COVID-19 has now affected the Special Warfare Center at Fort Bragg. U.S. Army Special Operations Command officials announced that 90 students, who were going through Survival Evasion Resistance and Escape (SERE) training at Fort Bragg, North Carolina, have tested positive for COVID-19. According to a spokeswoman, officials became aware of the outbreak after an instructor became sick, after which they began tracing the instructor’s contacts.

“We have 2,400 students training here every day at SWCS and that [90] is the only sick population we have,” Burton told Military.com, which reported that 110 SERE students and instructors were in two-week quarantine. This has undoubtedly affected training and readiness. 

(See our podcast episode, where we sit down with our very dear friend Alex Hollings, former SOFREP senior staff writer and editor of Sandboxx, and discuss the topic.)

Students are isolated for 14 days before attending any special operations school, Burton told the website. If they test positive, they are quarantined for another two weeks.

The infected students were six hours away from completing the six-week SERE course conducted at Camp Mackall, a satellite training area miles from Bragg, Army Times reported. The next class will not start again until July 13, Burton told the newspaper.

Guidelines were implemented at Fort Bragg to stop the spread of coronavirus and a few classes were shifted online. Portions of lessons that would not be taught online were closely monitored. Students taking the survival course were tested before training and received daily welfare checks.

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“The health and wellness of our students and staff is our top priority,” Maj. Gen. Patrick Roberson, commander and commandant of SWCS, said in the release. “We will do everything we can to protect our students and their families.”

It is believed that the New York Times first broke the news. NYT said that the virus was most likely spread by an Army instructor who tested positive but continued to teach the course. Do we believe that the Army or SWC would allow an instructor to continue to teach after being tested positive? I think not. SWC has taken extreme precautions to protect its personnel, whether cadre, student, G.S. civilian, or contractor.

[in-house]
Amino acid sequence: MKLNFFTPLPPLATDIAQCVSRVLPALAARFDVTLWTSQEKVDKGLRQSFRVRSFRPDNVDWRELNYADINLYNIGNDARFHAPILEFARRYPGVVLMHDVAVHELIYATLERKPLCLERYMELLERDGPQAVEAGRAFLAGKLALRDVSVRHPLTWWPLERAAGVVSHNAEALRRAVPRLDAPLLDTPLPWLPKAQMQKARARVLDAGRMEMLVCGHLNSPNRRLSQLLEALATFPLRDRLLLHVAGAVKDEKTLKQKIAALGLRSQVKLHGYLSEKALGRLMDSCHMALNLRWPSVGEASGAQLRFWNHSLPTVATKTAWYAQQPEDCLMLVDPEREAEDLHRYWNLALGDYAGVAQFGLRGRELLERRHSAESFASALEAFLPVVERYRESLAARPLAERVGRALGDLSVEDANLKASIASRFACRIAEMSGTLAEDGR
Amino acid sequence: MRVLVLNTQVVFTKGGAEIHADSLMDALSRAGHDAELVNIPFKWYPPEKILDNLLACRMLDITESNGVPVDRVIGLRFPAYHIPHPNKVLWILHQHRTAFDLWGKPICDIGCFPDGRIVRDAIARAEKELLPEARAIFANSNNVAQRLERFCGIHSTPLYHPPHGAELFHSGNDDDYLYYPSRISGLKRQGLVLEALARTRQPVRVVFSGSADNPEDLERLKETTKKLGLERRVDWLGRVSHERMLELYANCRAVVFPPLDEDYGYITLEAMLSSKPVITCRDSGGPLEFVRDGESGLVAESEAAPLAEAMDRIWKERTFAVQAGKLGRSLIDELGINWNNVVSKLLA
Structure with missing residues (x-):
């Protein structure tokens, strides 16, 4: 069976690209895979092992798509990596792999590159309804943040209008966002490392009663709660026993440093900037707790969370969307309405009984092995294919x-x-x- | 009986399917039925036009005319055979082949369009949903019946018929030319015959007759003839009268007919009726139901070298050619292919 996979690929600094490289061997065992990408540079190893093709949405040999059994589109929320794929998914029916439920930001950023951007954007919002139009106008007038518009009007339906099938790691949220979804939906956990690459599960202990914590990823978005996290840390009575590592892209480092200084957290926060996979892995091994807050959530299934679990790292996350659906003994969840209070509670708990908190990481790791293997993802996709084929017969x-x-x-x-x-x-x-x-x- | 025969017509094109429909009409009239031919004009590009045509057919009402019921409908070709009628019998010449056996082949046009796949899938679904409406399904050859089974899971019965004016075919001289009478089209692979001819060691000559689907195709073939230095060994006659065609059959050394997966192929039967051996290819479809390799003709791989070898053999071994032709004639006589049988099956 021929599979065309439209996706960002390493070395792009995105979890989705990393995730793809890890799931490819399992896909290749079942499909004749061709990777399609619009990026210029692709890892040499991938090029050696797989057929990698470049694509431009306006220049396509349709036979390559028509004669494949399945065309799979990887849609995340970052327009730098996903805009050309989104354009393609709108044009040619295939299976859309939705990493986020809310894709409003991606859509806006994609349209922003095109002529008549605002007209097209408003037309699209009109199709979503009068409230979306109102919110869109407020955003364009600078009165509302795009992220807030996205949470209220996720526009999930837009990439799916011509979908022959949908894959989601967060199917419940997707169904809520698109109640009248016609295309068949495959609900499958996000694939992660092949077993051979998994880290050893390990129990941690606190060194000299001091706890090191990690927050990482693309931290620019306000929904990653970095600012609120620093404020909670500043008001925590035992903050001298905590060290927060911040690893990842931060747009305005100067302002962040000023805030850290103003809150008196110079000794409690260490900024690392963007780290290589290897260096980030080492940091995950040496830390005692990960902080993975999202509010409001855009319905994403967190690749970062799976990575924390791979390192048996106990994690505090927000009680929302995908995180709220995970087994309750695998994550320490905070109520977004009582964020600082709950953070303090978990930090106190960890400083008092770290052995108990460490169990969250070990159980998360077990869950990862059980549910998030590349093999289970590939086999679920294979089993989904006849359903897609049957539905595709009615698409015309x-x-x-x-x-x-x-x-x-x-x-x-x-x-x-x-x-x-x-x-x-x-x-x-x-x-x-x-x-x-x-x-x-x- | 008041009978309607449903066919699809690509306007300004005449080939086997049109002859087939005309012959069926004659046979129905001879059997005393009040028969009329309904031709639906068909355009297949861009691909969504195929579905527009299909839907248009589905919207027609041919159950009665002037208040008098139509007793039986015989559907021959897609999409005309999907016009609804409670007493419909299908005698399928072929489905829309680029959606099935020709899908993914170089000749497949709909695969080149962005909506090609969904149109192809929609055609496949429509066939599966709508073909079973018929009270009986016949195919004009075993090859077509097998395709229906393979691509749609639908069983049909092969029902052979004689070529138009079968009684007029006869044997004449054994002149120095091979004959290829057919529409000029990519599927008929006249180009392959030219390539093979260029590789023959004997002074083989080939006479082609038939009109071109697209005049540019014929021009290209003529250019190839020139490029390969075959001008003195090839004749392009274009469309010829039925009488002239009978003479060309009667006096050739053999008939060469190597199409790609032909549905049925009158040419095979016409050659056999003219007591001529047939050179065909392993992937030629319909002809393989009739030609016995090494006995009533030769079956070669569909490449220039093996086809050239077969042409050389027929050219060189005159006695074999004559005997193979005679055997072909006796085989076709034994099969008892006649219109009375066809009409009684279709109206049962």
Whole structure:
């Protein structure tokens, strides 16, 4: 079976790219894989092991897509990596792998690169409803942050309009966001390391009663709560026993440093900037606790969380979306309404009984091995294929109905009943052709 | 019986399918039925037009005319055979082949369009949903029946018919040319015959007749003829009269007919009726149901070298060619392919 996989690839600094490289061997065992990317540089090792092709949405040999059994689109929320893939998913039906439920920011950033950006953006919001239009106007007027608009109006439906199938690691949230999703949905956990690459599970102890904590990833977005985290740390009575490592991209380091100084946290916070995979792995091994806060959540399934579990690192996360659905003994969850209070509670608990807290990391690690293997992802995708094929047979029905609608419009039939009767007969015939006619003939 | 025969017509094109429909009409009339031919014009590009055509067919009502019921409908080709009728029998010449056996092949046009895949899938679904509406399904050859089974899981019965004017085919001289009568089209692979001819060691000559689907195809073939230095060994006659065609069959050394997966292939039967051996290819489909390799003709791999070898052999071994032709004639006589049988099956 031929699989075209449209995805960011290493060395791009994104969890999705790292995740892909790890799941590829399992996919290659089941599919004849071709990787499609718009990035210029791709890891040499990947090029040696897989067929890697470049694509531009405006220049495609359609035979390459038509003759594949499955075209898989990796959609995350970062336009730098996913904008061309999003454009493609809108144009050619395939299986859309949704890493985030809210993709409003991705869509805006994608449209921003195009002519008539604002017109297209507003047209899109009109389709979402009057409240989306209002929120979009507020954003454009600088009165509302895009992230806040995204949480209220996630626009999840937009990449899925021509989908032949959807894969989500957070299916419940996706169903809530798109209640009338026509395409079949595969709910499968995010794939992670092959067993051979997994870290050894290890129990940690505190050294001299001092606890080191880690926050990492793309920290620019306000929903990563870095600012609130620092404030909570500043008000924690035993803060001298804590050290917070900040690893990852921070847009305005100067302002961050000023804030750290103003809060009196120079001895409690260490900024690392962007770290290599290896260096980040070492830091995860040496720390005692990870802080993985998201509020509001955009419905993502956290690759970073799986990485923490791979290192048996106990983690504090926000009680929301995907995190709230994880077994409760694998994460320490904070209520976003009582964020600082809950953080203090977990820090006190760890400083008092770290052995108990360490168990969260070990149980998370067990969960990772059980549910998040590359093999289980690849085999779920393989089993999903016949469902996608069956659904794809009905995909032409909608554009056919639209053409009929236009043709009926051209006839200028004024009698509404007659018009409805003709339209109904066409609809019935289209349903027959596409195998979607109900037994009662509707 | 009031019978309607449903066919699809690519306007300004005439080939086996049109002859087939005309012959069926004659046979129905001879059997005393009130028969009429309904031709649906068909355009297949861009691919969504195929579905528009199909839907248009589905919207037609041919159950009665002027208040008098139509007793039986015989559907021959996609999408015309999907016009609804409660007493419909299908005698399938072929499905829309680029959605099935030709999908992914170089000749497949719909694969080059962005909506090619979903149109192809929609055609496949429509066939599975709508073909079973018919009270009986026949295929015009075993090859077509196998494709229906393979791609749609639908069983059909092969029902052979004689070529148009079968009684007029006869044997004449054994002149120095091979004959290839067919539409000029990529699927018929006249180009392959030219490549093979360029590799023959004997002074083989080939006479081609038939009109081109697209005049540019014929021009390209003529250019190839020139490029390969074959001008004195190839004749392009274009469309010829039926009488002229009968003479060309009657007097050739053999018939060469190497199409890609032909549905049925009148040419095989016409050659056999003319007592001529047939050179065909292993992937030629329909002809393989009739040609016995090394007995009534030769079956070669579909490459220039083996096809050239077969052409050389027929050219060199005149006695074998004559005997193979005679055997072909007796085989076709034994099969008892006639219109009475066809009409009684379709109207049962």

Thus, it is more likely that SWC immediately isolated everyone, tested all relevant personnel, and had those tested positive on strict lockdown on the already isolated compound where training is happening.

Under Executive Order 147, North Carolina will remain in Phase 2 of 3 of lifting COVID-19 restrictions until Friday, July 17. People also are required, with some exceptions, to wear face coverings while out in public when physical distancing of six feet is not possible.

Some of the training happens in Moore County, NC, where citizens are ordered to stay at home except for essential travel and activities. Both local and state law enforcement have been tasked with enforcing this order. 

While the news regarding COVID-19 constantly being broadcasted has had an impact, a majority of U.S. citizens say they have to take breaks from it and that the situation makes them feel worse emotionally. Half say they find it challenging to sift through what is real and what is not. We, at SOFREP, encourage all to pay close attention to both state and local news outlets regarding COVID-19.

Coping with the stress of COVID-19 is almost as important as shielding yourself and your loved ones from the virus. 

When dealing with the stress and anxiety caused by the outbreak, improving your health, quality of life, and wellbeing is the way to go. But it sometimes is a Catch-22 situation, unfortunately, whereby the things that can help the most are the things that are also the most difficult to do at times.